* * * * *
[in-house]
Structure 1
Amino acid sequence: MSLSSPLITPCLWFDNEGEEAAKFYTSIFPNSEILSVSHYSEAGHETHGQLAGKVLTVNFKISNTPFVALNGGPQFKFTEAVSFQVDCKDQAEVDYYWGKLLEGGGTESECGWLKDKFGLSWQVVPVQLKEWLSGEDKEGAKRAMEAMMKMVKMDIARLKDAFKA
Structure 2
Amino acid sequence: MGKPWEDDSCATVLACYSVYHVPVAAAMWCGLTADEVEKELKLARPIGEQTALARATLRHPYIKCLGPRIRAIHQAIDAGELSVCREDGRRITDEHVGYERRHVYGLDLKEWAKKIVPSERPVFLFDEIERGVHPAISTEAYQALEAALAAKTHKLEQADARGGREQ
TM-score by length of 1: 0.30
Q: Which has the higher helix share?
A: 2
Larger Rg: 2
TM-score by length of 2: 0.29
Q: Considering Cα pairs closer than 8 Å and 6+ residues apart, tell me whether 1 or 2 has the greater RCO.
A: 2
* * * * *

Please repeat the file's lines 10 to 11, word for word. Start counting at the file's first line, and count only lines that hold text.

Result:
TM-score by length of 2: 0.29
Q: Considering Cα pairs closer than 8 Å and 6+ residues apart, tell me whether 1 or 2 has the greater RCO.